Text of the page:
Hiatus Hernia

A Hiatus Hernia refers to the condition where part of the abdominal contents (usually the stomach) protrudes from the abdomen up into the chest. In the common hiatus hernia the stomach literally moves through the diaphragm from the abdomen into the chest behind the heart. This disorder occurs due to “wear and tear” of the diaphragm and happens very slowly over many years. Many hiatus hernias a very small and require no treatment. Some, however, can grow very large and a number of issues can arise.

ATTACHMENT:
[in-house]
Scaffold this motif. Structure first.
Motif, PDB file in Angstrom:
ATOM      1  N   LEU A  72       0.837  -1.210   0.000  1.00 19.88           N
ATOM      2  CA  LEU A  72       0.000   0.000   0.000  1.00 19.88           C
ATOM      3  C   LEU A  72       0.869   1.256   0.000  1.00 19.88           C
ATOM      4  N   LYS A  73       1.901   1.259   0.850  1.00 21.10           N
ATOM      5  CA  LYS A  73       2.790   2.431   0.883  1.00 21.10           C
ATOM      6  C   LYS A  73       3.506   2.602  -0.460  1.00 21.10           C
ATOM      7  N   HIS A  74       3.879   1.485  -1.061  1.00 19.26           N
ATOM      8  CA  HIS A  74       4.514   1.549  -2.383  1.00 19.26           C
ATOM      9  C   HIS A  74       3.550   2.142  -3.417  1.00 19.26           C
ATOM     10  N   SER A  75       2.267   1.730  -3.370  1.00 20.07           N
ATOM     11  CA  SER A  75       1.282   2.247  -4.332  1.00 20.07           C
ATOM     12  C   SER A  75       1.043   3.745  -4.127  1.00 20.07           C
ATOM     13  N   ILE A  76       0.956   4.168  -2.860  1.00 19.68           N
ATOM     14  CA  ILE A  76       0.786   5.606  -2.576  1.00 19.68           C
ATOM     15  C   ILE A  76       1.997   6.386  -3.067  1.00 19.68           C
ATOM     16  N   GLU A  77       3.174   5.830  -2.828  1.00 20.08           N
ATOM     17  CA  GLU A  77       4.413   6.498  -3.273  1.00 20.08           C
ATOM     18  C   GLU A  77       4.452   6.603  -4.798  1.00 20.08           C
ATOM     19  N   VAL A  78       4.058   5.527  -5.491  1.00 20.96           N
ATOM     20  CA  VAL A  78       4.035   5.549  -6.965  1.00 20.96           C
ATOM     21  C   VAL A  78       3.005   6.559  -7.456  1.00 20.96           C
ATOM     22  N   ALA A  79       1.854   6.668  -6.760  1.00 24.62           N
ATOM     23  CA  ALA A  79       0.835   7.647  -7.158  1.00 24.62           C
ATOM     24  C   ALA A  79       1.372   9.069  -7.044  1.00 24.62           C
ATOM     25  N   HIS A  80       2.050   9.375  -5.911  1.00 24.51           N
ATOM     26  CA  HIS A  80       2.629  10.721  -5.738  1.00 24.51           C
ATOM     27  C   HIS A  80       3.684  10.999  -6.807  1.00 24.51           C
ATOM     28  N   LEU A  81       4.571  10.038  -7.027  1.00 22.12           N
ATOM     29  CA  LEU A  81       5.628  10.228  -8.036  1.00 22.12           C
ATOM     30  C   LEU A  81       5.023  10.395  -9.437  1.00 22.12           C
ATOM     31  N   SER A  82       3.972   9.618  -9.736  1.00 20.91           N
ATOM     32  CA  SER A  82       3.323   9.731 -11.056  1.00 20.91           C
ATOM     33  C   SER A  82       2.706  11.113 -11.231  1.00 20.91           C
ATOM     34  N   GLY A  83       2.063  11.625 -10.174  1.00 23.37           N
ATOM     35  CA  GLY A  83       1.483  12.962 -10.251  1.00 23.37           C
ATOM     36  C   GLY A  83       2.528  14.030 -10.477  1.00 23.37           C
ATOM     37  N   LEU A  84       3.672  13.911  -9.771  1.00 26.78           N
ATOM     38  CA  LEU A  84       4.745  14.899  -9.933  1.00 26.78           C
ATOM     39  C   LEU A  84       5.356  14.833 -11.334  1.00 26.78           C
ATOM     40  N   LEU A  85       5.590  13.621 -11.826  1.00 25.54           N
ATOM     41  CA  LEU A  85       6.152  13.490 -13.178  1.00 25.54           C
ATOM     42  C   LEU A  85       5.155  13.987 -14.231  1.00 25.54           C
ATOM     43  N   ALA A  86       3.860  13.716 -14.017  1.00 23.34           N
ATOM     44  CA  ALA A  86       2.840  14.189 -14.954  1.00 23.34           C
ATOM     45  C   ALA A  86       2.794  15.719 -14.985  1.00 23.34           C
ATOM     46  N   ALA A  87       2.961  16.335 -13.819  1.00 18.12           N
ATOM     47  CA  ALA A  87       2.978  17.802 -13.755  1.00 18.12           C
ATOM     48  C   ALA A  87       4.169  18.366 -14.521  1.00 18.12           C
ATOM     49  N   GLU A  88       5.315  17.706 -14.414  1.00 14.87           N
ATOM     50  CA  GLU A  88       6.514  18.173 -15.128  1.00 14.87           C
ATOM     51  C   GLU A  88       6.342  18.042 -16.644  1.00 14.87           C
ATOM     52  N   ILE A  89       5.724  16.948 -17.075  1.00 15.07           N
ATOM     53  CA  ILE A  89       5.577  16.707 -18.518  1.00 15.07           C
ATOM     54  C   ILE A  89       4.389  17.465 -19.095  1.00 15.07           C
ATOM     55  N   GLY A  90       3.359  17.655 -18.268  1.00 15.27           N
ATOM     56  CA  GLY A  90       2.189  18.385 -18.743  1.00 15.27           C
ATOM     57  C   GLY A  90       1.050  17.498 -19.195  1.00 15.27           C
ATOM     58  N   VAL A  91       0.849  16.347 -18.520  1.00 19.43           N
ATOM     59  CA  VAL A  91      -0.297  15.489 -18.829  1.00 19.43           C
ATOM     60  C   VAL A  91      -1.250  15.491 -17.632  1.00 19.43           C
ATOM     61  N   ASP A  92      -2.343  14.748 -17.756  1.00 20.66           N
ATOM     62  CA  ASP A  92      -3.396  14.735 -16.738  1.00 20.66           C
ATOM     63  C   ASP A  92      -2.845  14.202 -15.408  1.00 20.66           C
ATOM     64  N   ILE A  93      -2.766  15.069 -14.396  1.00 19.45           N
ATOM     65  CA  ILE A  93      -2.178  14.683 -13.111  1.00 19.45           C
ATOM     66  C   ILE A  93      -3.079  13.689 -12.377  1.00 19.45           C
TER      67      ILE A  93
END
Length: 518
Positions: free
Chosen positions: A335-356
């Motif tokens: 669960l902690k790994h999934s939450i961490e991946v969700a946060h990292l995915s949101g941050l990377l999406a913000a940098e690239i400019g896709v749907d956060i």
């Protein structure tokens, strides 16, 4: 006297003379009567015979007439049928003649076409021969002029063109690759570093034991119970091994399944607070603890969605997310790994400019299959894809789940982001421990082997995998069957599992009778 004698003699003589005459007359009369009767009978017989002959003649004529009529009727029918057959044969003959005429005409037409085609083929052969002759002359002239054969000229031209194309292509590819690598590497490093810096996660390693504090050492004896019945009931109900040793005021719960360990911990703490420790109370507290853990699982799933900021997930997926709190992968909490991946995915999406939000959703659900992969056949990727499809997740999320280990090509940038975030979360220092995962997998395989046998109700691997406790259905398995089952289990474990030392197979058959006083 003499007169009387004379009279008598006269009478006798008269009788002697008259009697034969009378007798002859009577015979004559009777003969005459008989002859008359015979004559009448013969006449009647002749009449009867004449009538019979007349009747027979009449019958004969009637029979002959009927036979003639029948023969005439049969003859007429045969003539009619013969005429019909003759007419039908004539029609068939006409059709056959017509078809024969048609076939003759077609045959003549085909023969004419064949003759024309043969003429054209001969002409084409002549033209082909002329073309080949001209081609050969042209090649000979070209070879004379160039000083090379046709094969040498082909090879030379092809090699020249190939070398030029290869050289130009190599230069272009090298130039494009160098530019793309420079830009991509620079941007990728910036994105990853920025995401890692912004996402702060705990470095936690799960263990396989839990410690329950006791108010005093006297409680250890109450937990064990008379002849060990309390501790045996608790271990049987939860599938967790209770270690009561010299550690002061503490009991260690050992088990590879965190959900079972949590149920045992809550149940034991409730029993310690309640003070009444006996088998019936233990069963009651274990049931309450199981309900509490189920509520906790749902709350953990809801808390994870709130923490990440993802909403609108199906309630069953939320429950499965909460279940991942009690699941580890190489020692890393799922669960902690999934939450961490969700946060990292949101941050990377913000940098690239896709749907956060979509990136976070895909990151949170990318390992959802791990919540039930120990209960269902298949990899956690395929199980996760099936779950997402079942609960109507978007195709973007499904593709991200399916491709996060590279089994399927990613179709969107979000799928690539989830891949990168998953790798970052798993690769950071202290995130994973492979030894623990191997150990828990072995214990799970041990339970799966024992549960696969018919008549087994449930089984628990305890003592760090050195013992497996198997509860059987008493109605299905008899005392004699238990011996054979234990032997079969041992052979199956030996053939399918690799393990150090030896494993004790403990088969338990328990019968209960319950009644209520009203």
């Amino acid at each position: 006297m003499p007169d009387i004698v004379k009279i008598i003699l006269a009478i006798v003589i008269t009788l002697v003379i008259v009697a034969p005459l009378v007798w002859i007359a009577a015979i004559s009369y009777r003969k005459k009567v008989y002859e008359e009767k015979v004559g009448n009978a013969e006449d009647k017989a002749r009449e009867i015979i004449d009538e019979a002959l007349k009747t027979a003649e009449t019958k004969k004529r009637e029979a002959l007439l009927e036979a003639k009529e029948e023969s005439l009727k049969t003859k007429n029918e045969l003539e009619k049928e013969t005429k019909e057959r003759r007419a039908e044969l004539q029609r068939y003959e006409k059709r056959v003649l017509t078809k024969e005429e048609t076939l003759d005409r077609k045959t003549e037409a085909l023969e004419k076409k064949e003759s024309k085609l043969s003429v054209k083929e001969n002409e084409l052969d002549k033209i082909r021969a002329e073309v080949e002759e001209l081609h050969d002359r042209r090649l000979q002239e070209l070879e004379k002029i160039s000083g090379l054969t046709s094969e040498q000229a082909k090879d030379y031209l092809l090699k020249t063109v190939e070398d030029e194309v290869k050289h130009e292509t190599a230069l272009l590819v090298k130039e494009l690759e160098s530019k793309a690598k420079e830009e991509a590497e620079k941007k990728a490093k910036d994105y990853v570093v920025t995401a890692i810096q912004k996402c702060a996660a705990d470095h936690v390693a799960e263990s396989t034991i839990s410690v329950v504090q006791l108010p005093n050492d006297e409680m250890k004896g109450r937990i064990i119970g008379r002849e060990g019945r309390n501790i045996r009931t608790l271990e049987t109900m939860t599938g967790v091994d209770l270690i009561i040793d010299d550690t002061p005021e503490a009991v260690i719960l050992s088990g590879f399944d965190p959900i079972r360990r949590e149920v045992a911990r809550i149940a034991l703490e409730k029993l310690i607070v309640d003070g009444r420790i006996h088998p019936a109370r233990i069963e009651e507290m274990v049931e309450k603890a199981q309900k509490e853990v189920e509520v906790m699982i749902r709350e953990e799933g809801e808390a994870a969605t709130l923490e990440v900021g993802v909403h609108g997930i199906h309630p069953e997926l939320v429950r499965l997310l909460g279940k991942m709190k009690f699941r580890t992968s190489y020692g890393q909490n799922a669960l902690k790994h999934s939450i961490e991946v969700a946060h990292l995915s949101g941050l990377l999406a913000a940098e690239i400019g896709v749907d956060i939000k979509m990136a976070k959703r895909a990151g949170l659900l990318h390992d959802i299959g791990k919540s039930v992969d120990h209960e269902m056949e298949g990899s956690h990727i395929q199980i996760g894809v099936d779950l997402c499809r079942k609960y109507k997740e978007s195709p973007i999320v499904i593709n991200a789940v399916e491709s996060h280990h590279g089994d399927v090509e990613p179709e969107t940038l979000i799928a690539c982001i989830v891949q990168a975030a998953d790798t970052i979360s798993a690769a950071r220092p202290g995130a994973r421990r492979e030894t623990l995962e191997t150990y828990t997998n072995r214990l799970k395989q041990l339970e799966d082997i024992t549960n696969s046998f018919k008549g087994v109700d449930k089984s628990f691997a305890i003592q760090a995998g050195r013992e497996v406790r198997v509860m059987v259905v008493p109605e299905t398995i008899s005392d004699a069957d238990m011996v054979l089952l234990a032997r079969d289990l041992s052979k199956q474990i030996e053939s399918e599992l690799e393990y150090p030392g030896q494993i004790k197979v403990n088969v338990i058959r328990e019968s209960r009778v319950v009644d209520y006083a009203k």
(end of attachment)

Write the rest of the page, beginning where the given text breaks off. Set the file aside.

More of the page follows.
As hiatus hernia’s enlarge, there can be a range of symptoms including heartburn, regurgitation of food, chest pain, difficulty swallowing, shortness of breath and occasionally vomiting and internal bleeding. If someone is suffering from symptoms, it is advisable to consider operative repair.

A hiatus hernia can be repaired with an operation, replacing the normal contents back into the abdomen. This can be performed very safely via keyhole surgery and most patients stay in hospital between one and three nights after the operation.